“Live our testimony. We must obediently follow the Savior’s teachings and the prophets’ examples. Our testimony and example will assist others who are searching for the truth.
“Share our testimony. ‘O that I were an angel,’ proclaimed Alma, ‘and could have the wish of mine heart, that I might go forth and speak with the trump of God’ (Alma 29:1). Let others know that you know. Bear your testimony in fast meeting. Tell your family; tell your friends. You will find when you share your testimony it becomes stronger, and there are many others around you who also want to embrace the truth.
“Be willing to endure the test of time. Do not think that it is easy to maintain a testimony. Others will test you. Sometimes they will point the finger of mockery and scorn. Sometimes they may persecute you openly. Be prepared. Know in advance that the best of God’s children have had the courage of true conviction and were willing to suffer ridicule, deprivation, and even death for the sake of true testimony. Is each of us willing to do likewise?”
Testimony comes through the heart, not necessarily through the head. When Paul testified of Christ to the Jews of Rome, they “had great reasoning among themselves” but only some of them believed the things he told them. Of those who did not accept his testimony, Paul said:
“Well spake the Holy Ghost by Esaias the prophet unto our fathers, saying, Go unto this people, and say, Hearing ye shall hear, and shall not understand; and seeing ye shall see, and not perceive: for the heart of this people is waxed gross, and their ears are dull of hearing, and their eyes have they closed; lest they should see with their eyes, and hear with their ears, and understand with their heart, and should be converted, and I should heal them.”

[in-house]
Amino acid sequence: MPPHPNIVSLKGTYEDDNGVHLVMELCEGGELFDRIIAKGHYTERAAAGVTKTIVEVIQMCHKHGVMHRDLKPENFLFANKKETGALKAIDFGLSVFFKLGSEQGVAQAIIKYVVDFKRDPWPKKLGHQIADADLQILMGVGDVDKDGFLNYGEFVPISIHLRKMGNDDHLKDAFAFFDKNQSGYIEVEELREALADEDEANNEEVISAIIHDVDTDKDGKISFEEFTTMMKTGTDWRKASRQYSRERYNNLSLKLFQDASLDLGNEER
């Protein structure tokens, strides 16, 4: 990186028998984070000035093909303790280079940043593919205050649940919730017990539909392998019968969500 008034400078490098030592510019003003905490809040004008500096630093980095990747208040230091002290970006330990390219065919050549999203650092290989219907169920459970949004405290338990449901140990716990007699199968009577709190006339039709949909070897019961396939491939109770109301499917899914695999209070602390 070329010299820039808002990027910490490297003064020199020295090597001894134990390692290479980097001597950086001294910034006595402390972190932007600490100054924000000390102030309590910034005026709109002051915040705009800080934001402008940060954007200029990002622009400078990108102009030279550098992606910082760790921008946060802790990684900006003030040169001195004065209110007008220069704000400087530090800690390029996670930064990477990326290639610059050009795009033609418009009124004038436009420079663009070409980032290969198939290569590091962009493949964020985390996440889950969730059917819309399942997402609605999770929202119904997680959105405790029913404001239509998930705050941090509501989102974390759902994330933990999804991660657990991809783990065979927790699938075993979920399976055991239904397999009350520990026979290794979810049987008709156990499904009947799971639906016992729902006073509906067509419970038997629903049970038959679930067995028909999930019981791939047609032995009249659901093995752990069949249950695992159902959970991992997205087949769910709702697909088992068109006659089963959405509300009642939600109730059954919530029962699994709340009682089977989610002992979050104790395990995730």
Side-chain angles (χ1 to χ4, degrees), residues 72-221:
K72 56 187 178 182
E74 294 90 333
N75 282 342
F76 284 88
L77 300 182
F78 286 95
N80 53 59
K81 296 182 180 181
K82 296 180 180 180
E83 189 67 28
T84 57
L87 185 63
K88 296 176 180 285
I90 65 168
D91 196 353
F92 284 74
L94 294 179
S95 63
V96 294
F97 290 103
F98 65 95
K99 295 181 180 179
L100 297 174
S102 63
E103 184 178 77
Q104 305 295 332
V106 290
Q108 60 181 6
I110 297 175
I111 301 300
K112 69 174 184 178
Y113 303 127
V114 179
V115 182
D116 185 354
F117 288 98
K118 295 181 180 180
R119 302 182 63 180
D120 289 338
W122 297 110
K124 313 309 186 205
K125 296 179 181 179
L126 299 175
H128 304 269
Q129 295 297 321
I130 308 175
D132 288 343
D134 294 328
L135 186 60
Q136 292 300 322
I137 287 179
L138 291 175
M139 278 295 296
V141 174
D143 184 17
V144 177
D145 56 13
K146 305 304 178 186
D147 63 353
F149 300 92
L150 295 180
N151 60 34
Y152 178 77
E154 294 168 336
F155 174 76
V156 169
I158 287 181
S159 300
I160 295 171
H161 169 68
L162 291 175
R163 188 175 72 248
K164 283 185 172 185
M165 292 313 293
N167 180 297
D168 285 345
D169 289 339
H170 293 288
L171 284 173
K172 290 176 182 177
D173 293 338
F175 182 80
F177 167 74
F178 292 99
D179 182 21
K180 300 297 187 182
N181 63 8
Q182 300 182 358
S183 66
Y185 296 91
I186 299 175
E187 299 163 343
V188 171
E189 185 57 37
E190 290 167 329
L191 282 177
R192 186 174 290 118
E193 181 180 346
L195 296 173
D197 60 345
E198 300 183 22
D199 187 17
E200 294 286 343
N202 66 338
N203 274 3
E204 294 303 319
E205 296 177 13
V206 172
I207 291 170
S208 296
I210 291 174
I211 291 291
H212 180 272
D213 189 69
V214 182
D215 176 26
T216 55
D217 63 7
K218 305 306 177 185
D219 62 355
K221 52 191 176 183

Bear Pure Testimonies
To follow the example of the Savior, of Paul and of Joseph Smith, we must be testifiers. We need to be able to say “I know,” for our own sake and for the sake of our brothers and sisters and our children. Elder M. Russell Ballard cautions:
“My experience throughout the Church leads me to worry that too many of our members’ testimonies linger on ‘I am thankful’ and ‘I love,’ and too few are able to say with humble but sincere clarity, ‘I know.’ As a result, our meetings sometimes lack the testimony-rich, spiritual underpinnings that stir the soul and have meaningful, positive impact on the lives of all those who hear them.
“Our testimony meetings need to be more centered on the Savior, the doctrines of the gospel, the blessings of the Restoration, and the teachings of the scriptures. We need to replace stories, travelogues, and lectures with pure testimonies.”
Those who truly love the Savior and want to be like Him will follow his command to the Apostle Paul: “Rise, and stand upon thy feet; for I have appeared unto thee for this purpose, to make thee a minister and a witness.”
As a minister and witness, I would like to bear my testimony to anyone reading this lesson. I know God lives and that Jesus Christ is my Savior, and that Joseph Smith is a prophet of God. The Spirit has made these things clear to me, and I am thankful above all my other blessings for this one.
 Acts 23:11.
 John 18:37.
 John 3:11.
 Acts 21:6-10.
 Acts 26:12-16.
 Acts 26:28.
 Alma 4:19.
 JS-History 1:24-25.
 Robert D. Hales, “The Importance of Receiving a Personal Testimony,” Ensign, Nov 1994, 20
 Acts 28:29.
 Acts 28:25-27.
 M. Russell Ballard, “Pure Testimony,” Liahona, Nov 2004, 40–43
 Acts 26:16.